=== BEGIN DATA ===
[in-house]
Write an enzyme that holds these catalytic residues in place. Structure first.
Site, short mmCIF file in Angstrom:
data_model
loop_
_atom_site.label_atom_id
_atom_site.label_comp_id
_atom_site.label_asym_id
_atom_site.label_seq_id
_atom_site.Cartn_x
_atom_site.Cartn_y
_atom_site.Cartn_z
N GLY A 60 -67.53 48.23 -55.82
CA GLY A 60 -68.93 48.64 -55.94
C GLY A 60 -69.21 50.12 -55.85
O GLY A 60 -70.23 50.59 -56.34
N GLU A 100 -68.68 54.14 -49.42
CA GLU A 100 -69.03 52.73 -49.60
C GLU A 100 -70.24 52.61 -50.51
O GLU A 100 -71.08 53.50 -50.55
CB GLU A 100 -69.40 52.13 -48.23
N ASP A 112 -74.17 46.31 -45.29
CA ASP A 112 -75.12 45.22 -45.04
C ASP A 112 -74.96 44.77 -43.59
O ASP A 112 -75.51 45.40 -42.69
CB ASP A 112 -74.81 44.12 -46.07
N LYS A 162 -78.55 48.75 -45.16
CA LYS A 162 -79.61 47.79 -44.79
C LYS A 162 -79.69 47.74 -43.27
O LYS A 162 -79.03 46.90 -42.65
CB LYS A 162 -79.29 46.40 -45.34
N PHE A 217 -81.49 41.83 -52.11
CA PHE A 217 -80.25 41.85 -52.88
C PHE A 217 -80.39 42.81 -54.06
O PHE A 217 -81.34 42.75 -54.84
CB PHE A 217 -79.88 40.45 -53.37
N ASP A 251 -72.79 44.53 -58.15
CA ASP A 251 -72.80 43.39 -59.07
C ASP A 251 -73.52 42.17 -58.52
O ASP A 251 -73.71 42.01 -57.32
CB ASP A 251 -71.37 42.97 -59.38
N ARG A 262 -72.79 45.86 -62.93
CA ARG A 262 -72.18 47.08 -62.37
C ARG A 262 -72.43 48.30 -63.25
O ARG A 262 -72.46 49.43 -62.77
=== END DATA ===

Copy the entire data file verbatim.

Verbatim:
[in-house]
Write an enzyme that holds these catalytic residues in place. Structure first.
Site, short mmCIF file in Angstrom:
data_model
loop_
_atom_site.label_atom_id
_atom_site.label_comp_id
_atom_site.label_asym_id
_atom_site.label_seq_id
_atom_site.Cartn_x
_atom_site.Cartn_y
_atom_site.Cartn_z
N GLY A 60 -67.53 48.23 -55.82
CA GLY A 60 -68.93 48.64 -55.94
C GLY A 60 -69.21 50.12 -55.85
O GLY A 60 -70.23 50.59 -56.34
N GLU A 100 -68.68 54.14 -49.42
CA GLU A 100 -69.03 52.73 -49.60
C GLU A 100 -70.24 52.61 -50.51
O GLU A 100 -71.08 53.50 -50.55
CB GLU A 100 -69.40 52.13 -48.23
N ASP A 112 -74.17 46.31 -45.29
CA ASP A 112 -75.12 45.22 -45.04
C ASP A 112 -74.96 44.77 -43.59
O ASP A 112 -75.51 45.40 -42.69
CB ASP A 112 -74.81 44.12 -46.07
N LYS A 162 -78.55 48.75 -45.16
CA LYS A 162 -79.61 47.79 -44.79
C LYS A 162 -79.69 47.74 -43.27
O LYS A 162 -79.03 46.90 -42.65
CB LYS A 162 -79.29 46.40 -45.34
N PHE A 217 -81.49 41.83 -52.11
CA PHE A 217 -80.25 41.85 -52.88
C PHE A 217 -80.39 42.81 -54.06
O PHE A 217 -81.34 42.75 -54.84
CB PHE A 217 -79.88 40.45 -53.37
N ASP A 251 -72.79 44.53 -58.15
CA ASP A 251 -72.80 43.39 -59.07
C ASP A 251 -73.52 42.17 -58.52
O ASP A 251 -73.71 42.01 -57.32
CB ASP A 251 -71.37 42.97 -59.38
N ARG A 262 -72.79 45.86 -62.93
CA ARG A 262 -72.18 47.08 -62.37
C ARG A 262 -72.43 48.30 -63.25
O ARG A 262 -72.46 49.43 -62.77